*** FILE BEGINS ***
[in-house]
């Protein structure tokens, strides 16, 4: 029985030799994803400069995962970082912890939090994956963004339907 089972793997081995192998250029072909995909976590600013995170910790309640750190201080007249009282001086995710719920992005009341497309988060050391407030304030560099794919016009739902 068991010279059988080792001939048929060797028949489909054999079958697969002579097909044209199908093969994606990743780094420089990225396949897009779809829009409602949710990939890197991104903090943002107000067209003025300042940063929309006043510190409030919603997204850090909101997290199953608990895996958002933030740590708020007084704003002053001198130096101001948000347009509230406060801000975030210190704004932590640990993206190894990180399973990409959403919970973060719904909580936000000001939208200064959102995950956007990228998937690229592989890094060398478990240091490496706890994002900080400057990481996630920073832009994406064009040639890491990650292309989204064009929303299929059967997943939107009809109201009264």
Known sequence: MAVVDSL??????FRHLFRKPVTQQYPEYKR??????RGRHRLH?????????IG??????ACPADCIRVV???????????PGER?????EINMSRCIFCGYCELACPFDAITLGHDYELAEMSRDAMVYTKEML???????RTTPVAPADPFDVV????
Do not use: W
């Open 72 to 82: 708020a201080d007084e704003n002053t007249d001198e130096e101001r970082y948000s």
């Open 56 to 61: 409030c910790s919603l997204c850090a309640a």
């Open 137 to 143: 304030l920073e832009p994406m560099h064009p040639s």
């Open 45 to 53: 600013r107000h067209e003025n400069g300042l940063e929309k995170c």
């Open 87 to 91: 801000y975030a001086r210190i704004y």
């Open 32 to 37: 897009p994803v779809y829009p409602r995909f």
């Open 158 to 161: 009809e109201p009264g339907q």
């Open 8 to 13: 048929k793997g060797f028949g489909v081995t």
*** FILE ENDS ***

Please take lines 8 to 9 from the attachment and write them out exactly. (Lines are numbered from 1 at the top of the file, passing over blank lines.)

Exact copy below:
């Open 45 to 53: 600013r107000h067209e003025n400069g300042l940063e929309k995170c």
């Open 87 to 91: 801000y975030a001086r210190i704004y």